Auna left them in the meeting hall under heavy guard after giving Runa the lines she would have to inscribe. She, then, wandered off into a corner of the room, muttering under her breath. From the cadence, it sounded as though she were practicing. There had been nothing to write the spell in, after all,…
“Very good, my Lord. In that case, let me begin with how I won the Isinntog from the Jotün Fraener of Svartlauf.” “The who of where?” “Ah, but surely my Lord should know that story! It was ancient when my grandfather was still a babe. Once, long ago, the elves of Skaergard created a torc…
Morning in Attilsund was marked not by the sun climbing over the tops of the pines but by a gradual lightening from black to grey of the cloud cover that had not yet broken. Einarr awoke groggy after a night filled with restless dreams, that all seemed to end with the realization he was being watched. He stomped into his boots anyway, warming his toes a little in the process, and hoisted his baldric over his shoulder as he joined his father and Jorir near the edge of the green.
A week and a half from Apalvik, the craggy green fjord of Attilsund rose into view beneath a steel-grey sky. Stigander ordered the sail furled and the oars deployed as they nosed the Vidofnir into the narrow channel. The ship passed into the shadow of the cliffs to either side.
Einarr shivered and wished he had an excuse to join the rowers. Nearly summer, and still he saw ice on the rock near the water line. He didn’t bother looking up: the sky would be little more than a line between the tree-limned rock faces. He would be with the group going ashore, however, and Father had made sure the landing party would be fresh by keeping them off the oars. And if Father wanted them fresh, that meant he anticipated trouble ashore.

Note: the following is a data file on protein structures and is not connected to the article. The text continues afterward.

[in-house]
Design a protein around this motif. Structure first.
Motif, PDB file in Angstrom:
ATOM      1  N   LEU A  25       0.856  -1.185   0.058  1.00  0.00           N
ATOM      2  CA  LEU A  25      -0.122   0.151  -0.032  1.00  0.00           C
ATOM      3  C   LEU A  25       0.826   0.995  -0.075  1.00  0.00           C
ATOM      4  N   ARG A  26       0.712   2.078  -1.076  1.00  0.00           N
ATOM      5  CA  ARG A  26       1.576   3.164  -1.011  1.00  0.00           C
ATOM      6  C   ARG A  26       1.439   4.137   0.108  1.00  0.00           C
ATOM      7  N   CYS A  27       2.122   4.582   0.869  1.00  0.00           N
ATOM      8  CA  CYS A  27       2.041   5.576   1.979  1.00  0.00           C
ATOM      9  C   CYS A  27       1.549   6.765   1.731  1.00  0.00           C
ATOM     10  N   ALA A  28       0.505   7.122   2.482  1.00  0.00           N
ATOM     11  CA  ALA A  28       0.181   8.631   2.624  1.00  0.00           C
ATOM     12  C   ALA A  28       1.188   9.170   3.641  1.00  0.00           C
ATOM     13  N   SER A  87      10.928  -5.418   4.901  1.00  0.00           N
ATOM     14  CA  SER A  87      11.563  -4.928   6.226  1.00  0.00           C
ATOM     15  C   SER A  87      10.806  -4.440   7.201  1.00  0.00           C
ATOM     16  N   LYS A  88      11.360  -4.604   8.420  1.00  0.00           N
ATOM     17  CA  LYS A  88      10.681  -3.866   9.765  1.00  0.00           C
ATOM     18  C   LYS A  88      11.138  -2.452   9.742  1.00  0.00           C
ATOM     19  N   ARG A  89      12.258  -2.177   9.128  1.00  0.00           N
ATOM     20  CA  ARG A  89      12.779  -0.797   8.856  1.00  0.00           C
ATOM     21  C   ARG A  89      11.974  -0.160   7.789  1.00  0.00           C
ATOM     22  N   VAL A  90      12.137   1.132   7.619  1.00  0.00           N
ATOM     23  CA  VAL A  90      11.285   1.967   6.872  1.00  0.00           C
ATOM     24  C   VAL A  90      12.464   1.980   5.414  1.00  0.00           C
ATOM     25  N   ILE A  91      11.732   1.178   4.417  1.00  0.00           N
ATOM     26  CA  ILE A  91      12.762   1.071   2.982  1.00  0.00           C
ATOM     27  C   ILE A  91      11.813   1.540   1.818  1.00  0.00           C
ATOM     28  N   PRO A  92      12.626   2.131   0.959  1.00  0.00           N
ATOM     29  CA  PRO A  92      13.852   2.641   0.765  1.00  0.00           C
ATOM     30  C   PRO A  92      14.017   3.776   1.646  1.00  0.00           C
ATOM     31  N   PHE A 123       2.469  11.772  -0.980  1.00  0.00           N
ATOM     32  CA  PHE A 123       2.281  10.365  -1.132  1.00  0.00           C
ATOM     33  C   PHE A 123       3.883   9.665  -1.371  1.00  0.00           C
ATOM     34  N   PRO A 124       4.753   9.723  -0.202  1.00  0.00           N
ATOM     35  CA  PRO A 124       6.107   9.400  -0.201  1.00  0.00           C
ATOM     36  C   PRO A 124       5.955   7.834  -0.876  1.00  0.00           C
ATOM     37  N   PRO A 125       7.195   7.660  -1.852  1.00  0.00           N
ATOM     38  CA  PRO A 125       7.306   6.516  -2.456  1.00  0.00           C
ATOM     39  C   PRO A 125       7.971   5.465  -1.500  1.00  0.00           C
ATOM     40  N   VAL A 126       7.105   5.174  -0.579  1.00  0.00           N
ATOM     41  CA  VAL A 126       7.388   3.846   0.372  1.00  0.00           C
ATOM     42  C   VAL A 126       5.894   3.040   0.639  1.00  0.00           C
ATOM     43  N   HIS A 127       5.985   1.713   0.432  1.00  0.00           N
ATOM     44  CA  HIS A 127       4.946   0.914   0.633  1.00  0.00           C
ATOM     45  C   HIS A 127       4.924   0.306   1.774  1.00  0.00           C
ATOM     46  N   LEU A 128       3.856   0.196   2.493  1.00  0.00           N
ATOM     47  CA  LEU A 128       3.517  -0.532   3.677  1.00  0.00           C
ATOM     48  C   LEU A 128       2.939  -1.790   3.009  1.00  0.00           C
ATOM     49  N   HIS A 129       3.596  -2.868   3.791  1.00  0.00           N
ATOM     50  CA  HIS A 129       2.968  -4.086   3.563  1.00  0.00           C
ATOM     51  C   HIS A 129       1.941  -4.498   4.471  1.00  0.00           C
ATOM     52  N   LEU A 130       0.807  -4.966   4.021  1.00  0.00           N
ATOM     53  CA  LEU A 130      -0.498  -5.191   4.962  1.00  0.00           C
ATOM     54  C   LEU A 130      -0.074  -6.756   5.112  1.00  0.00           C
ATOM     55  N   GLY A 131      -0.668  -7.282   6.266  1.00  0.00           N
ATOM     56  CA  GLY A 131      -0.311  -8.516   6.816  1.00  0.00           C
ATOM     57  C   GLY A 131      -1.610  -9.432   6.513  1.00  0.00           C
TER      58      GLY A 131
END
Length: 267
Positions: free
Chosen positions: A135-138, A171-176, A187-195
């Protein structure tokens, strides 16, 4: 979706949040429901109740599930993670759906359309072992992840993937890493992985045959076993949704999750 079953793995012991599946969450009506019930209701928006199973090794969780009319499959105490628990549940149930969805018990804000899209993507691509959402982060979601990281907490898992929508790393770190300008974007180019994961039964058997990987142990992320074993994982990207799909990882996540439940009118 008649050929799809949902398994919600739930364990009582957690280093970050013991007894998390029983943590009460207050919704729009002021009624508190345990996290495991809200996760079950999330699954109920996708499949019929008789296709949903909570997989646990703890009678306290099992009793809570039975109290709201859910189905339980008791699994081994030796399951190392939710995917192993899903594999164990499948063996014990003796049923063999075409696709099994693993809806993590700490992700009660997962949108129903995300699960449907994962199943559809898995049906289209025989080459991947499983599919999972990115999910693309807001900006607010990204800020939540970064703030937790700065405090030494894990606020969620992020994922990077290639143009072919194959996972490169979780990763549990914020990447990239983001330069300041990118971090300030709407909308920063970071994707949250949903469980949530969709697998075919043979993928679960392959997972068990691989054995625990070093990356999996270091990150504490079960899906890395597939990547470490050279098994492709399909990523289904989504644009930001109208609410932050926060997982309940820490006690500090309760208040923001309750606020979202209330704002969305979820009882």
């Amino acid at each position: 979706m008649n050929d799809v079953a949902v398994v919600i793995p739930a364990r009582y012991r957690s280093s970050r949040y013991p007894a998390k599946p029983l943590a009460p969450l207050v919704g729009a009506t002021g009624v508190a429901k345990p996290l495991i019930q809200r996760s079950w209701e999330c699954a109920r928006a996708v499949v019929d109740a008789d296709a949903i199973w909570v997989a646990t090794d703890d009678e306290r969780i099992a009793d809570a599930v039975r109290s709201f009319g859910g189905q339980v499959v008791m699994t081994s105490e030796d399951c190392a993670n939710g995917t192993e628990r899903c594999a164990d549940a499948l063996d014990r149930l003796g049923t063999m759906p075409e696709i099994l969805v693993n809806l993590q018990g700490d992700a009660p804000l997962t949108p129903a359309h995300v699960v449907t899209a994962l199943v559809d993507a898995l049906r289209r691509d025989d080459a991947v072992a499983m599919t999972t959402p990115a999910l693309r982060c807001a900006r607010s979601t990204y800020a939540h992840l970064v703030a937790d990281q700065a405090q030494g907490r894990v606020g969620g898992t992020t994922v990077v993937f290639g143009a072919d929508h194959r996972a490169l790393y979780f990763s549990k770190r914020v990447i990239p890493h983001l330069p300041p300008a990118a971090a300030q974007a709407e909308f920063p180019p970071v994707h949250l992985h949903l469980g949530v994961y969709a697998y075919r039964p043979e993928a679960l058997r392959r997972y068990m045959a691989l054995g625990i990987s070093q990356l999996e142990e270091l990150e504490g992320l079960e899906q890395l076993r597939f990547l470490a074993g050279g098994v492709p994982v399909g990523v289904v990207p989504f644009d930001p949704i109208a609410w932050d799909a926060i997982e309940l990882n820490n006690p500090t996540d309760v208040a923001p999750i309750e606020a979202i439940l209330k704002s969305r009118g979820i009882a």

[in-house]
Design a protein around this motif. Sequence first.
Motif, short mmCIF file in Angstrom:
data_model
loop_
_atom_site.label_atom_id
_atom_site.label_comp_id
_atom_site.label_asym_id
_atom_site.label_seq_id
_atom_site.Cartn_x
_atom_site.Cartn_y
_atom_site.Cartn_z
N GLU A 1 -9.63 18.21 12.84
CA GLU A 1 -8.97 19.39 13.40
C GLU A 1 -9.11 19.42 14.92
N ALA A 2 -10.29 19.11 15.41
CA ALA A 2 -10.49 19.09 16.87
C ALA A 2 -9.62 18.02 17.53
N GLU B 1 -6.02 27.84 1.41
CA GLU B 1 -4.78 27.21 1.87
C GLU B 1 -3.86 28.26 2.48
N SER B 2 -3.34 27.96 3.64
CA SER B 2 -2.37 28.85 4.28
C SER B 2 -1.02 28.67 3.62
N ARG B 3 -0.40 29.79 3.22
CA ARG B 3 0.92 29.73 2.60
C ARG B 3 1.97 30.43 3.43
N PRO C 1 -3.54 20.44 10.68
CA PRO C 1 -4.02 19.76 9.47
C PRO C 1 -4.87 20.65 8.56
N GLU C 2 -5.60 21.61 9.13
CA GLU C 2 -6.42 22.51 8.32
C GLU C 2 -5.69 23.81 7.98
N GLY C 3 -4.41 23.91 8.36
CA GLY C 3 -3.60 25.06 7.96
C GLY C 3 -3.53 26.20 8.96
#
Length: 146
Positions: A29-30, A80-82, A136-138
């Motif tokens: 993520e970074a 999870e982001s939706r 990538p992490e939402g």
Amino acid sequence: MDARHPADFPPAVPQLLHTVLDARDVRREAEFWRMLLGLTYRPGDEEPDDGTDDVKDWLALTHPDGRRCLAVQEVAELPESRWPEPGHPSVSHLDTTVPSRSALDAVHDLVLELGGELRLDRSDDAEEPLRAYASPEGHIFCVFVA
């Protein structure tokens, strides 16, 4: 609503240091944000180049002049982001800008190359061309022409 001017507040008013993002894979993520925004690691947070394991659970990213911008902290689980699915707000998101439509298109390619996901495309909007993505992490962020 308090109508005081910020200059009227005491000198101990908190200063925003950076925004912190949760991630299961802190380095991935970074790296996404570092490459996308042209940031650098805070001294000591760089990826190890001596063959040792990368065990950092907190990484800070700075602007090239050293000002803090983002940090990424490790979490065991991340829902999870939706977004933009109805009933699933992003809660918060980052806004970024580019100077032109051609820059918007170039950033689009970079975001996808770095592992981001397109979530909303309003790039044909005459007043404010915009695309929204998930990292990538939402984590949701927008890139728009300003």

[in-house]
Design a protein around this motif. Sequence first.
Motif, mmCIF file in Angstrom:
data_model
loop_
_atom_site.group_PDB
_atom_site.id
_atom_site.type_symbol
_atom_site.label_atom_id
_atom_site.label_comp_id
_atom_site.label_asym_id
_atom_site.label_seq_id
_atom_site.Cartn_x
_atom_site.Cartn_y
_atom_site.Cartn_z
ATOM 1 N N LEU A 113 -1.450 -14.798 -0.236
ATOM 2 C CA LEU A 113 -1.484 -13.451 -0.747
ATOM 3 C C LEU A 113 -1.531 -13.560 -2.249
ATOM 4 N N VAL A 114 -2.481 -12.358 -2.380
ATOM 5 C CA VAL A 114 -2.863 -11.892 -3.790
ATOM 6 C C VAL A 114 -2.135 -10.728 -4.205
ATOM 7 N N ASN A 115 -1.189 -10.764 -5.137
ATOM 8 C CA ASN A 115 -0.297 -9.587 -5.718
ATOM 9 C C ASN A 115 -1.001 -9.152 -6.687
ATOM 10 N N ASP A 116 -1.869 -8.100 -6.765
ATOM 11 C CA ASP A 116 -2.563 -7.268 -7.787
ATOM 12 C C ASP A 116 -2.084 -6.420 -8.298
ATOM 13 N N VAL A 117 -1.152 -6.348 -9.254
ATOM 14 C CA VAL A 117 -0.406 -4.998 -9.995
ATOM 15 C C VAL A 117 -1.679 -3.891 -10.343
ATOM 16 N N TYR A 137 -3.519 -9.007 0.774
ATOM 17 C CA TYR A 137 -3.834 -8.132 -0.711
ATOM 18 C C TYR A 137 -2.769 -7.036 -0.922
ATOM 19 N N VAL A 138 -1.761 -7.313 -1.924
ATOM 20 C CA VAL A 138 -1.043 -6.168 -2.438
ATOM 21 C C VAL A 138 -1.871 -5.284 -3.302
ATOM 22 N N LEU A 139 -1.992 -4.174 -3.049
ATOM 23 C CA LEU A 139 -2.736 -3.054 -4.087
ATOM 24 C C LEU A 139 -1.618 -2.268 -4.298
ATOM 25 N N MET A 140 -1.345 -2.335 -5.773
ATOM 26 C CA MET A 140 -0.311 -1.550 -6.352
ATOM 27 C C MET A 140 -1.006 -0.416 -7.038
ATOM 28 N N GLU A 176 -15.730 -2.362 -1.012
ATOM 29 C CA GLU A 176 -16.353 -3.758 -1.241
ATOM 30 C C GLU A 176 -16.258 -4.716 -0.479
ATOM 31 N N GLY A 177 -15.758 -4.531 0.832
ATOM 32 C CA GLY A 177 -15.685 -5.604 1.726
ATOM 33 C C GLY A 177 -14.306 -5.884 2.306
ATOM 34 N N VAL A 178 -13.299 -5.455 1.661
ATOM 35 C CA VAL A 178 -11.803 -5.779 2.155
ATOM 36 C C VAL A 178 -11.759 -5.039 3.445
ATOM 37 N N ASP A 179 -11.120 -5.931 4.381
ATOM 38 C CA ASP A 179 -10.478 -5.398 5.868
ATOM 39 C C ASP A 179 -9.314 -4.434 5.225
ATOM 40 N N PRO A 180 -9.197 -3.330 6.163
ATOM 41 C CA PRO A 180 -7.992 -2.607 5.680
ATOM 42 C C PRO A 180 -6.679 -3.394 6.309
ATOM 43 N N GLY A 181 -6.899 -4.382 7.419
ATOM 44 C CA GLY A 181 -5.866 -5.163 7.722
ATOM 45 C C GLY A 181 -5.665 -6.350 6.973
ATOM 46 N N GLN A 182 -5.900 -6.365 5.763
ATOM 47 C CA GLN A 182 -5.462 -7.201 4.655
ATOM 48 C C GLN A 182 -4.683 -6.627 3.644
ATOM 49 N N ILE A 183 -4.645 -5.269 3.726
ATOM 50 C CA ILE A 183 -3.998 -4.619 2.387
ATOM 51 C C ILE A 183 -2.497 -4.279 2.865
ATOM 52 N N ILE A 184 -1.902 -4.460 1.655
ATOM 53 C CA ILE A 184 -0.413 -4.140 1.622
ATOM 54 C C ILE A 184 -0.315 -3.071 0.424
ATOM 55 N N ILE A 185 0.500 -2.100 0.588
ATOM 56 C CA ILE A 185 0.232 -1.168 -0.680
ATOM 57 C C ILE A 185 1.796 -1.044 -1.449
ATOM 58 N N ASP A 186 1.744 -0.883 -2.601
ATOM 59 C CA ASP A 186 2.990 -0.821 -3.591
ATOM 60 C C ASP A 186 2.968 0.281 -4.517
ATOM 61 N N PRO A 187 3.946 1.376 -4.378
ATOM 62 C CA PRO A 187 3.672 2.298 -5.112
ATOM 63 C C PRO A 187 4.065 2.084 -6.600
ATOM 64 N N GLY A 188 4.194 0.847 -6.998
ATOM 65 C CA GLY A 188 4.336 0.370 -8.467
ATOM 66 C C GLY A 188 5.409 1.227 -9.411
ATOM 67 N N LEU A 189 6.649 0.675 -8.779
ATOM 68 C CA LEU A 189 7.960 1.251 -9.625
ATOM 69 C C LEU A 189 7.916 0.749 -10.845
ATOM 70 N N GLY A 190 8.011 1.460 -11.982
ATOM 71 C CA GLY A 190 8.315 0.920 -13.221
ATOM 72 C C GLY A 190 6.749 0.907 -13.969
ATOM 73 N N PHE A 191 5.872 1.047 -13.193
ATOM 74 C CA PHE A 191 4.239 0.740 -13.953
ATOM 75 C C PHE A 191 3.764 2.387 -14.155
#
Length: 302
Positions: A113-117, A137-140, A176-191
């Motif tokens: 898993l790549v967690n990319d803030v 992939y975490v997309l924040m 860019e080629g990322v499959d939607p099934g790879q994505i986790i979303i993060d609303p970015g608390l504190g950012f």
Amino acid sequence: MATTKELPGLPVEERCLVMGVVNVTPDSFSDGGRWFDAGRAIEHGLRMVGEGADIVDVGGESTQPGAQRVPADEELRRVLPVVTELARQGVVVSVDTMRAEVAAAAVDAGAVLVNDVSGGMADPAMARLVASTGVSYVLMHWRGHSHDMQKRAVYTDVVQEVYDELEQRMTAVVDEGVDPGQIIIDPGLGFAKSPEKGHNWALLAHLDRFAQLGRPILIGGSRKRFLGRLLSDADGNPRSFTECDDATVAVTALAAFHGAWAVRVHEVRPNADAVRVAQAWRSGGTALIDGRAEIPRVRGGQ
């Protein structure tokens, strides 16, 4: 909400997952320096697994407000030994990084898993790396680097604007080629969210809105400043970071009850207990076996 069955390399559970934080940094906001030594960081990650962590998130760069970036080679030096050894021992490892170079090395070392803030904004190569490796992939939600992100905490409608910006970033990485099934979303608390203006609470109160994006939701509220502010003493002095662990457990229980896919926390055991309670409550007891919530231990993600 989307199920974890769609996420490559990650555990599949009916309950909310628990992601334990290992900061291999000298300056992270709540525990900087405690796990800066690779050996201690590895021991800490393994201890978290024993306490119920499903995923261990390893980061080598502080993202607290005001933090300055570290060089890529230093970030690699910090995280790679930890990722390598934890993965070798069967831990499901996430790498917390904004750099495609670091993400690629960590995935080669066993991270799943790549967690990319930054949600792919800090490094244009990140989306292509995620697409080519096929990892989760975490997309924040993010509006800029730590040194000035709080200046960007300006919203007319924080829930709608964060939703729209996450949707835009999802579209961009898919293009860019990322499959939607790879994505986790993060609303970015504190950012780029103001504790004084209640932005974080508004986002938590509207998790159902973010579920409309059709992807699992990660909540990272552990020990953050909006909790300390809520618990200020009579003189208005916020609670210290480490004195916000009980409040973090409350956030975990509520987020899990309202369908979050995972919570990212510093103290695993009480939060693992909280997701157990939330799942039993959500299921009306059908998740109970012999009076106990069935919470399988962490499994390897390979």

The beach they cast off from was little more than a glimmer in the moonlight when Stigander passed command to Bardr for the night. Sivid had drawn the short straw for watch this night, although even among those not on duty few slept. Most drank.
Stigander sprawled in the stern, staring up at the unblinking stars from under where his awning would ordinarily cover. Einarr approached, his boots deliberately loud on the deck, and took a swig from the skin he had just filled. It sloshed as he flopped down to sit by his father. He held it out by way of offer: his father’s paw nearly enclosed his hand when the offer was accepted. Neither man felt the urge to talk. There was little to talk about, until Stigander was deep enough in his cups that he started telling stories of home, and Einarr didn’t think there was enough in that skin to get that far.